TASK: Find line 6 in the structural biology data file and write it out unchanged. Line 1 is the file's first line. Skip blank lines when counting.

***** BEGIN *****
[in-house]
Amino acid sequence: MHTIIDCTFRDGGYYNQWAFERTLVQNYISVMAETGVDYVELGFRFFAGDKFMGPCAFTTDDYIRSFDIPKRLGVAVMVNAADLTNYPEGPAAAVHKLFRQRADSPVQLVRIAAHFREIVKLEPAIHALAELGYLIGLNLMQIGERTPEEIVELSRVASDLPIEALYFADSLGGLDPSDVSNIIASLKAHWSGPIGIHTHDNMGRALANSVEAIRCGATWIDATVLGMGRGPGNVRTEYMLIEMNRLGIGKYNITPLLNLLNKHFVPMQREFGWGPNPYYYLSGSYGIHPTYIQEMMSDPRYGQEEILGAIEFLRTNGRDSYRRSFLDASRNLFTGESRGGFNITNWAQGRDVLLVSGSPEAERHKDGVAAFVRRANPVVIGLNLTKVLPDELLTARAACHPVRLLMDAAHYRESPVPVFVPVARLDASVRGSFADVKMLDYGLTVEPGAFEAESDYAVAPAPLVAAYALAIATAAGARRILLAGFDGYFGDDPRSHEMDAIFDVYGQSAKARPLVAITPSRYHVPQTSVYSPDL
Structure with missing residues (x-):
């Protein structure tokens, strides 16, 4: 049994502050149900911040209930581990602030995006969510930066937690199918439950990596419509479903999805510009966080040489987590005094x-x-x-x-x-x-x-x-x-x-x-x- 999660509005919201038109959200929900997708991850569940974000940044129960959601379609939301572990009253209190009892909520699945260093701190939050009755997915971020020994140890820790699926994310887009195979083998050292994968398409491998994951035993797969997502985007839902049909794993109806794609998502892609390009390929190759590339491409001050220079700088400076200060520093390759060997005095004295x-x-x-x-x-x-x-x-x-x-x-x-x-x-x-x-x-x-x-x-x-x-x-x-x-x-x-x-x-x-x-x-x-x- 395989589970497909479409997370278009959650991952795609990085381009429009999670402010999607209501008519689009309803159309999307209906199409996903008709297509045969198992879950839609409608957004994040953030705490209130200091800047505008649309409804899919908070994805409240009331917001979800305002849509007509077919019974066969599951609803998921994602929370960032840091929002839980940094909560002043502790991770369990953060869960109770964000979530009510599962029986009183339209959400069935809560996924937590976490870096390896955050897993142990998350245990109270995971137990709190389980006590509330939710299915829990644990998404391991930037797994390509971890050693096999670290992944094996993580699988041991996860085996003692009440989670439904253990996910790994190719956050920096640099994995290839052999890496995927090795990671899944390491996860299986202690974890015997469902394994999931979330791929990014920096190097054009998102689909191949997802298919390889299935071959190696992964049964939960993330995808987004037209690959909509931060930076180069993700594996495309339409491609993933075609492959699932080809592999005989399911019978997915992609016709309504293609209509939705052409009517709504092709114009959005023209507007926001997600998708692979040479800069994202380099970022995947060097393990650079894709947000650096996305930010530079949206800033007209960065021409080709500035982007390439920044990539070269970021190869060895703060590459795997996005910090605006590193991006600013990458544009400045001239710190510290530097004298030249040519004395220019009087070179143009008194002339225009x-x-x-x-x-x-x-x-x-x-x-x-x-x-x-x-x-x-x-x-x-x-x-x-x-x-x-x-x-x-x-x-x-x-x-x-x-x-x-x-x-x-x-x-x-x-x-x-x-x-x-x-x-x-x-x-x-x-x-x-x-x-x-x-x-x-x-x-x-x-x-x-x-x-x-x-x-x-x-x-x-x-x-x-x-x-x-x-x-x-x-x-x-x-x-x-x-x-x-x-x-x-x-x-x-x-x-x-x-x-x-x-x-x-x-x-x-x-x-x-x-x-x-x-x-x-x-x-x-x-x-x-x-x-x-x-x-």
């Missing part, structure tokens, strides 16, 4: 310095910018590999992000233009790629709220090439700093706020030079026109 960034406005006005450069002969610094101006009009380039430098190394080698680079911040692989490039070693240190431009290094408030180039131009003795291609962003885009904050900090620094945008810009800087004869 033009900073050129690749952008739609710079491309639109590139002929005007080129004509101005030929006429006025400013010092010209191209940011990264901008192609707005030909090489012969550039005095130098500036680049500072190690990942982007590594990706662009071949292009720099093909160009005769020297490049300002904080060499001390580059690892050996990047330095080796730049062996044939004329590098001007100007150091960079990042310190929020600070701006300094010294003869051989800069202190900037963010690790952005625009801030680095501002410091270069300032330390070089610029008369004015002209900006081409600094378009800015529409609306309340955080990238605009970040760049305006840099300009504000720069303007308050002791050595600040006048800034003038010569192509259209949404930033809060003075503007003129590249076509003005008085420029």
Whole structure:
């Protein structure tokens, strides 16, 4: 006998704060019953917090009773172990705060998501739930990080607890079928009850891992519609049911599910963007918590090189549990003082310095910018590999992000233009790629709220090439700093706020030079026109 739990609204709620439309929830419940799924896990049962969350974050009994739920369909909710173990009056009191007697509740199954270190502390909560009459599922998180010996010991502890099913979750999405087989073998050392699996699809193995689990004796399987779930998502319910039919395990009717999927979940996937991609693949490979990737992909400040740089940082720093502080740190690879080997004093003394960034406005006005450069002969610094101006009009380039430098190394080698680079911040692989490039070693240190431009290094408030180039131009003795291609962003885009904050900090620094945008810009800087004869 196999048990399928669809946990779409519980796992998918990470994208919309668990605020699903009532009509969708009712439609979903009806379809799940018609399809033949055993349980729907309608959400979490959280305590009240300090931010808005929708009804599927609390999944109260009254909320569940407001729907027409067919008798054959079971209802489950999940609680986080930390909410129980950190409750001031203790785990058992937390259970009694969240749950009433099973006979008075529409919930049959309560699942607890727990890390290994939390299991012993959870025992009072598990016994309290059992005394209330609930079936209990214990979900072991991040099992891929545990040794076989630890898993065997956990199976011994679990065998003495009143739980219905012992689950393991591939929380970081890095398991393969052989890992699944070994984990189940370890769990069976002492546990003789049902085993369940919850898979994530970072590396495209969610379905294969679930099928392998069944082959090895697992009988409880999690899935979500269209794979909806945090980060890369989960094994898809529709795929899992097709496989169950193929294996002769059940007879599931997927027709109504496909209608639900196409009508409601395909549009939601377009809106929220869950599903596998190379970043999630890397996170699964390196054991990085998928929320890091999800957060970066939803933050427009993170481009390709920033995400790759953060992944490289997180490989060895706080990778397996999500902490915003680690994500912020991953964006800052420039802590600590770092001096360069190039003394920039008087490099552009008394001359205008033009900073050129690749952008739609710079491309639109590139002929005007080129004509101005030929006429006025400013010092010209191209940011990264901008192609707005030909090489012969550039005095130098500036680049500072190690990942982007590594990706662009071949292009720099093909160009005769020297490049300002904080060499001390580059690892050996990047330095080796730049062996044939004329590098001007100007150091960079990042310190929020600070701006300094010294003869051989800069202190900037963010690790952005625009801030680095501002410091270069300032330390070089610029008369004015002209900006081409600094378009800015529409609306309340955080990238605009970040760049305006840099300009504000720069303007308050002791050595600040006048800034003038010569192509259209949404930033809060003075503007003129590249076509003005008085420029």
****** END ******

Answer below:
Whole structure: